BRUNSWICK — The $250,000 expansion of a technical trade center that specializes in HVAC training will double the number of students the school can handle once the project is completed in April.

The center, which was established roughly 10 years ago and is funded in part by energy companies, gives students a three-month intensive course in an HVAC Professional Certification program. The expansion of the Maine Energy Marketers Association’s Technical Education Center comes at a time when demand for HVAC professionals is high, and memories of extreme cold temperatures and technicians working long hours are fresh.

“Technicians and drivers are in super-high demand,” said Matt Morrison, director of engagement and education for the marketers association.

Currently, the school in Brunswick can only accommodate 21 students at a time, and typically each three-month course on heating, ventilation and air conditioning is full. Morrison said the school often was turning students away because of a lack of space.

The expansion will double the student capacity, allowing two programs to be taught at once.

The school was founded by industry professionals, who saw a need to offer hands-on, industry-led training in their relevant fields.

“When employers in the field know that you’re an MTEC graduate, they know you’ve been taught by the industry,” Morrison said.

That claim is backed up by the school’s 95 percent job placement rate. Many students have jobs lined up before they’ve even finished the course. The training, coupled with the high demand for qualified employees, often allows graduates to find a job anywhere in the state.

Virtually every company involved with HVAC or other trades is desperate for qualified employees. Reports from the Associated General Contractors in 2015 indicated that almost 80 percent of respondents to a workforce survey were having trouble filling hourly positions.

Local companies can attest to that.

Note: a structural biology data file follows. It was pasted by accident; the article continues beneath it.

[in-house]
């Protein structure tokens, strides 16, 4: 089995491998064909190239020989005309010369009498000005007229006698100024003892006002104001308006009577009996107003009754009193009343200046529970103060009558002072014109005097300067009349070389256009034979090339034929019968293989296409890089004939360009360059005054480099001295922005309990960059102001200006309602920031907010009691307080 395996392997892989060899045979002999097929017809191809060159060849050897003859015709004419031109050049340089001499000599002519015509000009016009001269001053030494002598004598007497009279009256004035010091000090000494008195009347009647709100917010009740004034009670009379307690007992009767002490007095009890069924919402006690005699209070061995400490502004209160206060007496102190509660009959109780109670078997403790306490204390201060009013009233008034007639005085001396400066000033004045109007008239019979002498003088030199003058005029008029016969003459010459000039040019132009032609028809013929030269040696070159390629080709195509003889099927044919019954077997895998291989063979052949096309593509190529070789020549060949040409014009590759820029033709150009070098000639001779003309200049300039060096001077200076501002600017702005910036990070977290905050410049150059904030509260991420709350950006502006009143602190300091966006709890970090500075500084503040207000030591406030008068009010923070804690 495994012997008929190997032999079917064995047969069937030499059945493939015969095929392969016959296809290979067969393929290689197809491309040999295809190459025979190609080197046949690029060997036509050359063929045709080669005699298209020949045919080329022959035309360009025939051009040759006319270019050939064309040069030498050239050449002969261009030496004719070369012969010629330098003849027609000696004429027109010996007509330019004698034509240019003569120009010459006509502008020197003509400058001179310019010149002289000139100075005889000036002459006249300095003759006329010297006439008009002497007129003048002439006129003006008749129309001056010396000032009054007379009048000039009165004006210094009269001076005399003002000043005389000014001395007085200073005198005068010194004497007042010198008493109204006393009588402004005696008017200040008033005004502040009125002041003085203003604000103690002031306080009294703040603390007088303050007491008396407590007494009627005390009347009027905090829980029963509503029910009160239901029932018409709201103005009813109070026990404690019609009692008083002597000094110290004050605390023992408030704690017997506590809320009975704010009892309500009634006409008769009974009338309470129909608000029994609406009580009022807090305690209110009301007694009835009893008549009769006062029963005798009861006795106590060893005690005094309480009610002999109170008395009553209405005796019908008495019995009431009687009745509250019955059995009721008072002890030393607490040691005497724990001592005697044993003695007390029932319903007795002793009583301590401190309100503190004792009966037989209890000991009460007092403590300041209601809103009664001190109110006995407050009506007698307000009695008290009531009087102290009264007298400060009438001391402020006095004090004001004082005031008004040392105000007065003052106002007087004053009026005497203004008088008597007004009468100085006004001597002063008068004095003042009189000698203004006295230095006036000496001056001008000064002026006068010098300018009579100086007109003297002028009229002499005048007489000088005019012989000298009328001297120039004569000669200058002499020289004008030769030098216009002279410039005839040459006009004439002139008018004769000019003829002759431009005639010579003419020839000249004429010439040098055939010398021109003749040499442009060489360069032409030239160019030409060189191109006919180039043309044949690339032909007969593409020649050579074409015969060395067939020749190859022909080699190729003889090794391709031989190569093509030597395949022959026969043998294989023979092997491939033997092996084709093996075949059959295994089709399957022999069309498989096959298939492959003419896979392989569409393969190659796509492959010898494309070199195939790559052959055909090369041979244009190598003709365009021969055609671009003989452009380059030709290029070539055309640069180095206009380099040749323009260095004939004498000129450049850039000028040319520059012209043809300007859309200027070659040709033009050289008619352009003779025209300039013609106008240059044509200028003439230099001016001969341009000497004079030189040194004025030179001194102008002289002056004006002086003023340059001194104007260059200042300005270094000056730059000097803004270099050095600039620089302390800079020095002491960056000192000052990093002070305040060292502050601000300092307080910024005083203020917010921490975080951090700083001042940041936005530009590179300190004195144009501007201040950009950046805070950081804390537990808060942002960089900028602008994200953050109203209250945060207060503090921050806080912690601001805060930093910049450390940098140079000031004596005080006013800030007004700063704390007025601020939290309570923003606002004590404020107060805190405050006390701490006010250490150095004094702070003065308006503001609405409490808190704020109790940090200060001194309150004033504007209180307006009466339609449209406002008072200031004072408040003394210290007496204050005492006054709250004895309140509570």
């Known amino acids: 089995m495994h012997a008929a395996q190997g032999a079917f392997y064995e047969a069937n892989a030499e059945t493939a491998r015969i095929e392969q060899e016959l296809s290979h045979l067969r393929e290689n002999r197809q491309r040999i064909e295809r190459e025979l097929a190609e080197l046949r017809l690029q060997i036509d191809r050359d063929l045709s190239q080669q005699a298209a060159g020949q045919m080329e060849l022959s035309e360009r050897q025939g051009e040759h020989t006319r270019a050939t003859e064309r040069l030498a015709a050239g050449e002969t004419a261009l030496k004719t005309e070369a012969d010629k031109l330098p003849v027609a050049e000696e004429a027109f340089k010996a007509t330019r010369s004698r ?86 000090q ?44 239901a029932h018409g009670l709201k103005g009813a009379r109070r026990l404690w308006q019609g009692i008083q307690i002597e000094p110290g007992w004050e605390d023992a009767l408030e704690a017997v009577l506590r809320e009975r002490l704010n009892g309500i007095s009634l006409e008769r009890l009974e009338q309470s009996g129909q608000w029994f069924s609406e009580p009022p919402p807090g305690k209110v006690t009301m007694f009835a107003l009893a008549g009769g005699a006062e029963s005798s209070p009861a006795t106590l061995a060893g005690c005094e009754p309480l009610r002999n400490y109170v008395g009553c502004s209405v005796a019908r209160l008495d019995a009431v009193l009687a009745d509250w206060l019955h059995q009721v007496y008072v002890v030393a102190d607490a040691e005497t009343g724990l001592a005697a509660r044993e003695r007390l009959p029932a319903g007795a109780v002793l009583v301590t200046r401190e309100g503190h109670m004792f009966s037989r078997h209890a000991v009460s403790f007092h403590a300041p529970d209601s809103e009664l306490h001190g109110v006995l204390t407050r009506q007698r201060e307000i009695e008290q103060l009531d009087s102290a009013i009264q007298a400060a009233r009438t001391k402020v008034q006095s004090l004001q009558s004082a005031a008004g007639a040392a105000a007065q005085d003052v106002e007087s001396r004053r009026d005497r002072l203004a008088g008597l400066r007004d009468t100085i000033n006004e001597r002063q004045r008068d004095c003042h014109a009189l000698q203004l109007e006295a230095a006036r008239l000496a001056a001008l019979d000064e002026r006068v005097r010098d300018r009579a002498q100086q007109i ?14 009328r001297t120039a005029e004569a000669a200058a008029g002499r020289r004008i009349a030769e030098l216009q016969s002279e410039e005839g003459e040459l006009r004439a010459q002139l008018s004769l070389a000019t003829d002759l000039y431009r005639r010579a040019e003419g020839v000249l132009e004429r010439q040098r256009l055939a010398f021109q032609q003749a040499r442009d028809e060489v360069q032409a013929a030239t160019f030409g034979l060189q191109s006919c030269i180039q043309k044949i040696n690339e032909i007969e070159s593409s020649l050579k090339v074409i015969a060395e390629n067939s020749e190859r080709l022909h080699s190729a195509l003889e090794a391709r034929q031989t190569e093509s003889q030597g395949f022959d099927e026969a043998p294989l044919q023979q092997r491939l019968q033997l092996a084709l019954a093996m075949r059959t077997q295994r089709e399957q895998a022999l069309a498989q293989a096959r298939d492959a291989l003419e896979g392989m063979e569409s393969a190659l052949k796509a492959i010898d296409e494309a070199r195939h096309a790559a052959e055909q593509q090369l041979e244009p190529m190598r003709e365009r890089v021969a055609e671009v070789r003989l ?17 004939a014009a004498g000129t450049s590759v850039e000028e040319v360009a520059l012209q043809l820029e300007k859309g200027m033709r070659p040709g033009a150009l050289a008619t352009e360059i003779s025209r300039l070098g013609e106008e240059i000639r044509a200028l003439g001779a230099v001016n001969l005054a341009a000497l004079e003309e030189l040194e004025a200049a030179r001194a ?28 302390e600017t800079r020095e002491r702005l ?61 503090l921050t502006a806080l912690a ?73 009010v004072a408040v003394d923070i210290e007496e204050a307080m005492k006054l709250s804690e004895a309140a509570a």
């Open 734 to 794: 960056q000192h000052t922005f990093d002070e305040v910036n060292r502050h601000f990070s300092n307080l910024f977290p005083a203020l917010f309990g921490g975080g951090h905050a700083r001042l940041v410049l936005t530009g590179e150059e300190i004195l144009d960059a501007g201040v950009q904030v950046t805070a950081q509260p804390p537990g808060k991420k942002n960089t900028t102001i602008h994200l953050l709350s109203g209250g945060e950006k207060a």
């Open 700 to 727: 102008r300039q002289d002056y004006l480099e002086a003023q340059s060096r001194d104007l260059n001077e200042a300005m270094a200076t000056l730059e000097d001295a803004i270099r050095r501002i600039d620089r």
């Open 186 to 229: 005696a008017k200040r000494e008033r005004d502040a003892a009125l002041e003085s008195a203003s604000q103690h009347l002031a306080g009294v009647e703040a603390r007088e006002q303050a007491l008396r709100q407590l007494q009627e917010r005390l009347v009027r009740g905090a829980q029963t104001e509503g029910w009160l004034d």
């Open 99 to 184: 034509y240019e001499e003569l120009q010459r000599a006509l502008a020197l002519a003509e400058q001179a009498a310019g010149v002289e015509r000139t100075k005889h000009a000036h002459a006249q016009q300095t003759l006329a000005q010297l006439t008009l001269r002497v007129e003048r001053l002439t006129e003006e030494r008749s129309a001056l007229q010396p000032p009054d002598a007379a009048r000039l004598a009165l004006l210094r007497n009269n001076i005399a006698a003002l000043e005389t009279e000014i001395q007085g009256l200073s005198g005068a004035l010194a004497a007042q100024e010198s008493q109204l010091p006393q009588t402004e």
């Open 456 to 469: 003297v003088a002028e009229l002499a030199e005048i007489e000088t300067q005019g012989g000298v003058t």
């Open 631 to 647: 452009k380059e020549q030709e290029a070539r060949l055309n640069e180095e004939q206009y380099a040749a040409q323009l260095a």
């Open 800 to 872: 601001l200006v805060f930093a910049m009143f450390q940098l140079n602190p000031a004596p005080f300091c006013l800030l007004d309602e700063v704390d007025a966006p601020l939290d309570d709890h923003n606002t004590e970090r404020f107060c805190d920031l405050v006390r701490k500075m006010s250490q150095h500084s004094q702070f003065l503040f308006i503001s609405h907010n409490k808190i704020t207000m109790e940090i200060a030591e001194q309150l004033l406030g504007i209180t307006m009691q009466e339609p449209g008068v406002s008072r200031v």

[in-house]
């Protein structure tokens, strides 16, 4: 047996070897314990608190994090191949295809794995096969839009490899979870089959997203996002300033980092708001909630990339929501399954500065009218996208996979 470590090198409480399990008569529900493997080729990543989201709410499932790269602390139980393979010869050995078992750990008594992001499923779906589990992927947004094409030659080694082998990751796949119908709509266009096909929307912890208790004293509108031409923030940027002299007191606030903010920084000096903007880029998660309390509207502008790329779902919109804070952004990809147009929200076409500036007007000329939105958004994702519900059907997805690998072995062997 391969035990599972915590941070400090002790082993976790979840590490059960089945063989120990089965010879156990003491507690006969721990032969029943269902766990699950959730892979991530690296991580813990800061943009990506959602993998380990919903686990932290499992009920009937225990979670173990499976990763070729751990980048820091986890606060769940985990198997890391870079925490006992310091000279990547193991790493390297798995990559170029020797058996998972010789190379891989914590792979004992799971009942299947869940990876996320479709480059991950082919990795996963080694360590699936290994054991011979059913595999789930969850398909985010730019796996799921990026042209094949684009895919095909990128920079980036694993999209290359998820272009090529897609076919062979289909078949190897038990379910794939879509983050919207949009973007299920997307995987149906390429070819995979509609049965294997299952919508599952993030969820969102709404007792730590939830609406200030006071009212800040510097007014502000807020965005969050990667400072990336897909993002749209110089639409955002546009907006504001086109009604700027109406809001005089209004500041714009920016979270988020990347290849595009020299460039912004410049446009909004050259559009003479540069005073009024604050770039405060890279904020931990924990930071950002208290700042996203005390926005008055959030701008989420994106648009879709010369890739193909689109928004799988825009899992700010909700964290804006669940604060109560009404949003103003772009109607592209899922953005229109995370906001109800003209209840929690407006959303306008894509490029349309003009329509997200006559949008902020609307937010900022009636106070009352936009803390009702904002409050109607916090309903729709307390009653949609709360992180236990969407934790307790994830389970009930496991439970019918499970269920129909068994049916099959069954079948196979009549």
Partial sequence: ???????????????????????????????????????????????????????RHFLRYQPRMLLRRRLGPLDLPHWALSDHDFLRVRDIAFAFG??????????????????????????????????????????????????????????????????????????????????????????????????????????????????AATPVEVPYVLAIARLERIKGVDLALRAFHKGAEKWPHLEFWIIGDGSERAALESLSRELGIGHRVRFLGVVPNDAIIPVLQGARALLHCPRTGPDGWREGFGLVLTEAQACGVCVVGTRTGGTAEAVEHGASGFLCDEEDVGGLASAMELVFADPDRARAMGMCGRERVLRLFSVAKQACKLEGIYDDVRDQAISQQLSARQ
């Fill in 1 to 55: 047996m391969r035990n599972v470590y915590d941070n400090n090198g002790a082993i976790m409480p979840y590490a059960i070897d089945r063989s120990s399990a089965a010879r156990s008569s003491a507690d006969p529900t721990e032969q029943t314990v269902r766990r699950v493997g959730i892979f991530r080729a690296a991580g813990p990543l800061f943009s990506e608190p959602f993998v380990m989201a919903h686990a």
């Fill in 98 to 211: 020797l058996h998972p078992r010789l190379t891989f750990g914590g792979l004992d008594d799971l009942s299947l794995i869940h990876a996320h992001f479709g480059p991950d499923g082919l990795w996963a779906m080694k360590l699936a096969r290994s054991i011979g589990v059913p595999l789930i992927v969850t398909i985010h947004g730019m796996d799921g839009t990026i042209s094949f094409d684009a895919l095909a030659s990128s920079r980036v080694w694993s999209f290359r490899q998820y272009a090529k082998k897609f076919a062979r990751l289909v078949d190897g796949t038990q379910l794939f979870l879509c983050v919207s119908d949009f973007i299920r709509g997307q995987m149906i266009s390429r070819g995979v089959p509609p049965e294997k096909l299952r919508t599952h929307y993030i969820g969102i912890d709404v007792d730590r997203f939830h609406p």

“It’s any kind of trades. You talk to anybody and we’re all screaming,” said Bill Morgner, president of Mid-Coast Energy Systems in Damariscotta. The company has managed to get state approval to start its own apprenticeship program to increase its ability to generate qualified employees.

Matt Poole went through the MTEC program and is now CEO of Colby & Gale fuel company in Damariscotta. He said the HVAC industry is a great one to get into, with room for so much growth. “It’s a great industry to grow, the possibilities are close to endless,” he said.

Poole said that for years now, a gap in the education system has left skilled trades by the wayside. With many schools pushing for four-year college degrees, students who aren’t traditional learners can be left behind.

Students who are hands-on learners and don’t do as well in classroom settings can often thrive in the trades and end up making a great living, Poole said.

“We need some of these kids, these kids that fit that mold, we need them to start hitting some trade schools,” he said.

The education at MTEC is mostly hands-on. Bryan Champagne, senior instructor at MTEC, has students taking things apart and reassembling them in the laboratory.

Equipment ranging from old-fashioned boilers to state-of-the-art heat pumps and thermostats controlled by iPhones are all on hand to give rounded training.

Often, students will come into the classroom after he has deliberately sabotaged things, so they can practice diagnosing equipment in a real-world scenario.

“It’s all real-world stuff,” Champagne said.

Sun Journal Staff Writer Chris Chase can be contacted at:

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